“We are pretty homocentric – is that a word?” Mitchell says, looking out the window to his garden. “I just carry on I guess, the garden is getting to be a metaphor for me. I take the long view. The Earth is going to endure.
“We’ve got, what, 5 billion people, a huge percentage of whom are not educated to these matters here in the United States which is supposedly educated. For Christ sake you have people who don’t believe in evolution, what is it, 41 percent of the population? What hope is there for such a people. And you can quote me on that.” Actually, it’s more than 7 billion people, including 42 percent of 318 million Americans who don’t believe in evolution, according to a 2015 Gallup poll.
Both sanctuary and observation post, his garden is where Mitchell watches our changing world unfold. He works strictly by hand, clearing, tending, pruning and shaping the thousands of ornamental plants he has planted at his property over more than 30 years. “The garden is a place, but it’s also a metaphor. It’s a sanctuary here for me.
“This takes work. I like the work. That is the main existential statement. It is hand work, I don’t use machines. I hate machines. I hate chain saws. I hate leaf blowers.”
Mitchell came to visit the Harvard Forest this week to speak at a conference, and so I took him out to meet the Witness Tree I am writing about. He put hand to its gnarly bark, tipped his head back to enjoy the canopy’s structure, asked about the life of the soil, the doings of the soldier beetles, did I know about them? For to Mitchell, everyone should know about everything in their little patch of the world around them. And for those who don’t pay attention to the great gyre of their small Scratch Flat, wherever it is, well. They are missing out.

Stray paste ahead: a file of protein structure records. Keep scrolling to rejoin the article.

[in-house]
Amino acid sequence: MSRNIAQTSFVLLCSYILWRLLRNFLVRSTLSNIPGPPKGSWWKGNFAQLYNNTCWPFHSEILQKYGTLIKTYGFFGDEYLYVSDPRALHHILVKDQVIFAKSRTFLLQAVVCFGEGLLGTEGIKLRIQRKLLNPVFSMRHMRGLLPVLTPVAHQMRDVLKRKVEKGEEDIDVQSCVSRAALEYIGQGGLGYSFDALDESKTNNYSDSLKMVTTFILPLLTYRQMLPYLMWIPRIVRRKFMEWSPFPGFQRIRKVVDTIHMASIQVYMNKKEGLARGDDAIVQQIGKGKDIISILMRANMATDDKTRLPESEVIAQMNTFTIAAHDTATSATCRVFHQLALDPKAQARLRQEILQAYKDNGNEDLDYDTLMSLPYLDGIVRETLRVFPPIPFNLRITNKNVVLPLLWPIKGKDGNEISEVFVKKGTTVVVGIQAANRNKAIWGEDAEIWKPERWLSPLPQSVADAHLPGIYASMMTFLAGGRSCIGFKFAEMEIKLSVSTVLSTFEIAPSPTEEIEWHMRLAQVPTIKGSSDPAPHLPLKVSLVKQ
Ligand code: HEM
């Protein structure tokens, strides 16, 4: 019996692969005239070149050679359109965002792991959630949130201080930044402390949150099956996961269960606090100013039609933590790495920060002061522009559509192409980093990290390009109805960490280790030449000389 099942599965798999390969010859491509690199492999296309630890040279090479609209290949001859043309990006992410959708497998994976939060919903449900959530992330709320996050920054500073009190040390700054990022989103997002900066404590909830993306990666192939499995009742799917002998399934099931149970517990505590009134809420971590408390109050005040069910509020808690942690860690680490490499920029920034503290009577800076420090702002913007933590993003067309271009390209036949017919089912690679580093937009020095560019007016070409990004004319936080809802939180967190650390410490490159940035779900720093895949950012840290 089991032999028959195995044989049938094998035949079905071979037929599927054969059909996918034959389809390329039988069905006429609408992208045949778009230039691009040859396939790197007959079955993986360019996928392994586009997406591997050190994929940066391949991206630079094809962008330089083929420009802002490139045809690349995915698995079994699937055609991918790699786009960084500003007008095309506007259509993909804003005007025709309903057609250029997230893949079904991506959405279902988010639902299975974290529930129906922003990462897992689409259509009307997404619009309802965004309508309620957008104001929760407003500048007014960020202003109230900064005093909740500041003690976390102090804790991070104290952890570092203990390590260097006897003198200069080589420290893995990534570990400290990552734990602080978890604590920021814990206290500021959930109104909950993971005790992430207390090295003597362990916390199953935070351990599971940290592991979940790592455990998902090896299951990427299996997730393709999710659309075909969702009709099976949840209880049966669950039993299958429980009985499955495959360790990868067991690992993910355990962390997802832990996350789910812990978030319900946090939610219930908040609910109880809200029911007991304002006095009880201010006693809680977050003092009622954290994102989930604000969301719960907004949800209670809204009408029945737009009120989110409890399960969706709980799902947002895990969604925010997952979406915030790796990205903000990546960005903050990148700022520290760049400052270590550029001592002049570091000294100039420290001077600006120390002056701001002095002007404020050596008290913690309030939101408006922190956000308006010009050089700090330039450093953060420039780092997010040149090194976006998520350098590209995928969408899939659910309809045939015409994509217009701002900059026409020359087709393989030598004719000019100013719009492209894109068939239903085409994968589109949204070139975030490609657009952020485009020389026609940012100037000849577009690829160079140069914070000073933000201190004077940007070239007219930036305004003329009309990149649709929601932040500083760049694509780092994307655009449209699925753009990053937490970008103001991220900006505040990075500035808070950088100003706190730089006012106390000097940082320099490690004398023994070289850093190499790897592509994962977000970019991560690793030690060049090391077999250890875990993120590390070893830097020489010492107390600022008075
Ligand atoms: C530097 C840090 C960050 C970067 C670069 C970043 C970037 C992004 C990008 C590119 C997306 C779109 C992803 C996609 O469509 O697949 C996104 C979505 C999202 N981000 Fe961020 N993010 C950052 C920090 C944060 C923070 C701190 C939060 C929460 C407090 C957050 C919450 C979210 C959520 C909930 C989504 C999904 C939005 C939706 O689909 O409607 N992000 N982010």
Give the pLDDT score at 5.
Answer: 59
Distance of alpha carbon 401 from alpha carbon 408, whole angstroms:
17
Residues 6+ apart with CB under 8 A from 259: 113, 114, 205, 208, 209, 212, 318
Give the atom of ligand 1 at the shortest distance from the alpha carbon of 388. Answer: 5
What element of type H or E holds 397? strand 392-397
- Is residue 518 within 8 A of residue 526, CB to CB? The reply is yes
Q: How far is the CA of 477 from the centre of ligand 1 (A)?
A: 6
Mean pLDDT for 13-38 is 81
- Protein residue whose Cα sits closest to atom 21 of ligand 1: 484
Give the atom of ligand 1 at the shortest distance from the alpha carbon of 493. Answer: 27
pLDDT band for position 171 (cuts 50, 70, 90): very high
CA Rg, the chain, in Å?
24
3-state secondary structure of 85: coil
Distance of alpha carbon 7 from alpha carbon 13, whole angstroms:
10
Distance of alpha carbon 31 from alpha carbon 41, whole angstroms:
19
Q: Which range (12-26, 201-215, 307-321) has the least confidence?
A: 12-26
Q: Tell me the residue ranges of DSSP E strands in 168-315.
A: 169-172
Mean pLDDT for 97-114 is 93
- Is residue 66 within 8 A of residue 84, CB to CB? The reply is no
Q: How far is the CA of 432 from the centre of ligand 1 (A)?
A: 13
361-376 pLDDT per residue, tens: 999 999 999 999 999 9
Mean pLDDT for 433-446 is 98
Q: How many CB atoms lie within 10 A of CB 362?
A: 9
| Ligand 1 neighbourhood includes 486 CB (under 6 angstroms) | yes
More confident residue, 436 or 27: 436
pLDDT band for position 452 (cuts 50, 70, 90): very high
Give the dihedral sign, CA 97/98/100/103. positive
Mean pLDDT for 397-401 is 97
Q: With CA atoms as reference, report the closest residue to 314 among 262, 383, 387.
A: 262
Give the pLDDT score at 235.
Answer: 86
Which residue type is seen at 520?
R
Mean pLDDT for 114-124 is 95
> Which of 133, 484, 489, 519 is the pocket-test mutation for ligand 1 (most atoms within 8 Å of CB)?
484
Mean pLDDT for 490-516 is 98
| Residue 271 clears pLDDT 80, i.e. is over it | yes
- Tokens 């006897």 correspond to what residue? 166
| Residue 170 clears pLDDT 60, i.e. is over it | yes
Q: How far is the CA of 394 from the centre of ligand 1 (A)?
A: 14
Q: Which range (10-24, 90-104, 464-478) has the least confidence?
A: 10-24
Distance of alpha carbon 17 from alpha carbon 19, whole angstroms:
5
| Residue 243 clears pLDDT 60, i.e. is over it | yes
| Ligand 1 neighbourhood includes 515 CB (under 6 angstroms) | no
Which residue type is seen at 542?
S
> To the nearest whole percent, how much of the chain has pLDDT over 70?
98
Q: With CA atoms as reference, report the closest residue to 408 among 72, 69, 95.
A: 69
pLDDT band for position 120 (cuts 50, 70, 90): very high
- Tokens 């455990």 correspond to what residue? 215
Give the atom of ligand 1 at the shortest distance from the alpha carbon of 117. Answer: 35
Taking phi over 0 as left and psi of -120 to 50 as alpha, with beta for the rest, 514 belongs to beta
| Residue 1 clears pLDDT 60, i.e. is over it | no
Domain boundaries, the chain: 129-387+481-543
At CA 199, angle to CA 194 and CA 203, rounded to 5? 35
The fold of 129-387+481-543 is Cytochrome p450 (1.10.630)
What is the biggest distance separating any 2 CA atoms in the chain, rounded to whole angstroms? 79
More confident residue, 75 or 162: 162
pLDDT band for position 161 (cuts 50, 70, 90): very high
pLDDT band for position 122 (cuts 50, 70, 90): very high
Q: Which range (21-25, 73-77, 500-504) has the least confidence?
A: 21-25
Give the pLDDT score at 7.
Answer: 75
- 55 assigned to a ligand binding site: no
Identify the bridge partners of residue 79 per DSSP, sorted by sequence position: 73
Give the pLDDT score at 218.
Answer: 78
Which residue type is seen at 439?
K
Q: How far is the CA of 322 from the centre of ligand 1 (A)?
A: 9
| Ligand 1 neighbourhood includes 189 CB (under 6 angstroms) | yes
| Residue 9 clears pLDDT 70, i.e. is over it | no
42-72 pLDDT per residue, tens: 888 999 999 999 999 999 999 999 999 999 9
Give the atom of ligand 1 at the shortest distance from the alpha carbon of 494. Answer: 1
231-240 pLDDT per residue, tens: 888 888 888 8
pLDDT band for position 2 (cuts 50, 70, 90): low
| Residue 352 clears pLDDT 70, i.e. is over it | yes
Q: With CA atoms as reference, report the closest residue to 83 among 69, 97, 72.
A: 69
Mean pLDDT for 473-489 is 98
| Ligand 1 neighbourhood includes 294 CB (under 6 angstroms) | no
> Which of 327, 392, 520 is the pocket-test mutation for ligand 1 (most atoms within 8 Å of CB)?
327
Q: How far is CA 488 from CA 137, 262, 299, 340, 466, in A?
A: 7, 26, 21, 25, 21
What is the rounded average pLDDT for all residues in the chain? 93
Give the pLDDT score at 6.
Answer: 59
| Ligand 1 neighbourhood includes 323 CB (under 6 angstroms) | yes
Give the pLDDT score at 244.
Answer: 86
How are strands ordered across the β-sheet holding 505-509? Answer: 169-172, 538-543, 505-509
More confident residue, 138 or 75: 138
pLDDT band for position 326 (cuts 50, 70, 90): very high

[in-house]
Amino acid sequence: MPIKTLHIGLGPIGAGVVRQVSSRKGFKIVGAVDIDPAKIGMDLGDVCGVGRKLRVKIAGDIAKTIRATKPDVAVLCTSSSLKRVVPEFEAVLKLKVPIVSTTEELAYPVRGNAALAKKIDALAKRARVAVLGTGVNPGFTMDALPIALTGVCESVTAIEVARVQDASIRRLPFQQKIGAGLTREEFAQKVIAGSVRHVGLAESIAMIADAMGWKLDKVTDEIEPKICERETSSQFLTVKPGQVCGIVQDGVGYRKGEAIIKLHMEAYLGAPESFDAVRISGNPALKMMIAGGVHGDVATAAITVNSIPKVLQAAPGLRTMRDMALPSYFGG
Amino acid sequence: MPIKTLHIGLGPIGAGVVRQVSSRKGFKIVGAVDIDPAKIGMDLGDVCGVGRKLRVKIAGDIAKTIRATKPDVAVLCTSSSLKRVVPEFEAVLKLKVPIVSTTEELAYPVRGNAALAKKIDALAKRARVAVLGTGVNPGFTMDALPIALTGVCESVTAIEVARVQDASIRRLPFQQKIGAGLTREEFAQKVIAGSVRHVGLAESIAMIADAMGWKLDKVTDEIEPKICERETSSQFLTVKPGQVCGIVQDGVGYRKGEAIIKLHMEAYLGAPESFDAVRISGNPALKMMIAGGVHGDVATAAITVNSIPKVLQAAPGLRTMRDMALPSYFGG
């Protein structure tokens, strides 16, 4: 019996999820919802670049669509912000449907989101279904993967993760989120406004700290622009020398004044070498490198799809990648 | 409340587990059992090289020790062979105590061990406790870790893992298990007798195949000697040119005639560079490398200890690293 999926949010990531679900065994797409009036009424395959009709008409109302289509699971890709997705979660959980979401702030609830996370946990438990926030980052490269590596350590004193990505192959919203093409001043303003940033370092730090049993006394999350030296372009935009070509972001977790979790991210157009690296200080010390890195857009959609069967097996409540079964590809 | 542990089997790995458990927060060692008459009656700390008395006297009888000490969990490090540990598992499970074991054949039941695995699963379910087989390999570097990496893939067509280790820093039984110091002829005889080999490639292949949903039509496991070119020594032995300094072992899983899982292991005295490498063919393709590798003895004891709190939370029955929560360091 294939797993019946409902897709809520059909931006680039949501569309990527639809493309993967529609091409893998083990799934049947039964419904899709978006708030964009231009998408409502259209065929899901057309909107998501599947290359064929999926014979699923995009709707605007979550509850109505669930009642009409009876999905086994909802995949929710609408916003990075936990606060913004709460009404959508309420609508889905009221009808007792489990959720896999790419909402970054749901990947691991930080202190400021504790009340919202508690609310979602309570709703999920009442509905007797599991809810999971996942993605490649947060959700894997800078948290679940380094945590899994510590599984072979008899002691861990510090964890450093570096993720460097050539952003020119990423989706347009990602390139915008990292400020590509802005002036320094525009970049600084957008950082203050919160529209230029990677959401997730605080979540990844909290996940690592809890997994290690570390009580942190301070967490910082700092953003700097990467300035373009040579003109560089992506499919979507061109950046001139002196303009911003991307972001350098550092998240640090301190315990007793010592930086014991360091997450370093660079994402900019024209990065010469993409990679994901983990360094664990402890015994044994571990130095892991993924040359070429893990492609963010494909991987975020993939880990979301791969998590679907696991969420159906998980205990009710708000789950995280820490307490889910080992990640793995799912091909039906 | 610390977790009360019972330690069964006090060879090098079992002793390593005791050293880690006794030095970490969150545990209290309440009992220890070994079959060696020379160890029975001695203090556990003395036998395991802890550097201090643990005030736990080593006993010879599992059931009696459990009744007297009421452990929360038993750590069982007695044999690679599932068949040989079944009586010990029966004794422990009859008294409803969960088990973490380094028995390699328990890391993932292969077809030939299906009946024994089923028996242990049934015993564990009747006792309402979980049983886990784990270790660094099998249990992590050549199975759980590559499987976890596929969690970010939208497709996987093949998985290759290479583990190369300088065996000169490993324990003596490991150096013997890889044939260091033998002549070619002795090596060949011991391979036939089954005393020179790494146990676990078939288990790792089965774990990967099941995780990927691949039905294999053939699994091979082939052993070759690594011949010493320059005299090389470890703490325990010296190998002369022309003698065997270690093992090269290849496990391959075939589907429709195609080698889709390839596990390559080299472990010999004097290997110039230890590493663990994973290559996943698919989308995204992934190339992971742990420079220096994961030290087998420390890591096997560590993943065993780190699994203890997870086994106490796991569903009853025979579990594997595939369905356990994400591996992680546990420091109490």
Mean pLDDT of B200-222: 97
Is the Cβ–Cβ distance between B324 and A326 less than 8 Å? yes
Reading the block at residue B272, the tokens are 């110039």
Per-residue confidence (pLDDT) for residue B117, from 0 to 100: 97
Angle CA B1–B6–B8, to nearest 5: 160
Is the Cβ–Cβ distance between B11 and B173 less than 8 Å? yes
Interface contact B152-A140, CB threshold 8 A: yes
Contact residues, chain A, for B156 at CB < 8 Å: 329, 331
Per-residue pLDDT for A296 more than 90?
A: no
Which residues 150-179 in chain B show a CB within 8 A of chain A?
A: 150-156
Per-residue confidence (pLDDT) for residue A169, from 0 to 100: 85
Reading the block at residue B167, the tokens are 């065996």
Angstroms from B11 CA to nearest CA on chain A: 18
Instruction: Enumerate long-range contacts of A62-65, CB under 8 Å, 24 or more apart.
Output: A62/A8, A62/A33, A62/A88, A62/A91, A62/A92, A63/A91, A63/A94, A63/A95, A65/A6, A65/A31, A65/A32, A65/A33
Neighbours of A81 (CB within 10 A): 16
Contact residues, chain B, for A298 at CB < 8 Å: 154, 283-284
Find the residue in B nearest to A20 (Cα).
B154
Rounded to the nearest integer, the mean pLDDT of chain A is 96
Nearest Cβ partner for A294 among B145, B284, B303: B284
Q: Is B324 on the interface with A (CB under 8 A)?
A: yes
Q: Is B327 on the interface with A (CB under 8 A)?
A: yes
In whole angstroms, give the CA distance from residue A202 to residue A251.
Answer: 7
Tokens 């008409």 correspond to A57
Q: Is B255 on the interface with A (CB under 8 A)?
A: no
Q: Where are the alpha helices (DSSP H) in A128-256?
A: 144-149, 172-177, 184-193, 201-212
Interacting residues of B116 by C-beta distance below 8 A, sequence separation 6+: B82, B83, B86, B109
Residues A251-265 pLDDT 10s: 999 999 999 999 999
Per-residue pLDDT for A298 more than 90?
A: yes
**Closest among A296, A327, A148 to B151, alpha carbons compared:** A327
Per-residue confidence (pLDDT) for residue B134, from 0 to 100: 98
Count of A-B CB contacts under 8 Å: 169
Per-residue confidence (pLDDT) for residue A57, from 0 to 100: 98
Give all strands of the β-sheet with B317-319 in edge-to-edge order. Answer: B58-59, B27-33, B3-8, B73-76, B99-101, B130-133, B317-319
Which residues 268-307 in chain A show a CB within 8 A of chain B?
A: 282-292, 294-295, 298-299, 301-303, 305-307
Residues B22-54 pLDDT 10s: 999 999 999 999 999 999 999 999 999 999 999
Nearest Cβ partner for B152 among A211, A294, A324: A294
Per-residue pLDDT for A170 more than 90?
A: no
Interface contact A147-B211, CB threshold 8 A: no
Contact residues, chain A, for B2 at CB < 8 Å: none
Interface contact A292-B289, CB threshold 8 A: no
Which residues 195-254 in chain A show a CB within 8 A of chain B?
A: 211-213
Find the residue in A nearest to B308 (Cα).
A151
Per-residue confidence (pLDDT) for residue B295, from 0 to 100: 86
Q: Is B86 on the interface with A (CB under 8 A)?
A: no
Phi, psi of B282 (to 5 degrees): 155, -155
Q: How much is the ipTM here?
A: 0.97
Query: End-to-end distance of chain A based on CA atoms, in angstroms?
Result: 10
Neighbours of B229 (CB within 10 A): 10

“They are missing the scent of fresh cut hay, frog calls,” Mitchell said. “They are missing everything, 100,000 year’s of contact with nature, with the world, the real world. The arrival and departure of birds. I really don’t need a calendar any more, I am really conscious of the seasons. But it is changing, shifting, I have watched the gardens here for 30 years, and we used to get the first frost September 18 on the Equinox, a light frost, then we would get a killer on the 10th of October.
“Now the light frost is in October and the killer is in November, and that is pretty standard for the last 15 years. We used to be a (USDA Plant Hardiness) Zone 4, now it’s 5 and we are pushing 6. I can grow plants here I couldn’t grow 20 years ago. I am growing a tree native to the Smoky Mountains. I should try crepe myrtle.”
And so as the great world spins, and another spring comes, Mitchell is back out in the garden, to work with his hand tools. “I love to scythe, you are on your own time, you want to listen to the birds, and with hand tools, you can hear them. I smell the grass, I just stop a lot and just stare into space.”
I listen, then have to ask him. For someone obviously so appreciative of nature’s wonder, what about climate change? Do we have the right to do what we are doing to the planet? He stops and thinks about that. Then answers me:
“If the animals could vote, they would say, we have no right. If they could put us on trial they would say we had no right to do what we did, that we are guilty.
“Do we have the right? Who’s to say, who is the judge on that. Right or wrong. I don’t know. I don’t know the answer to that, because the judges are the animals.”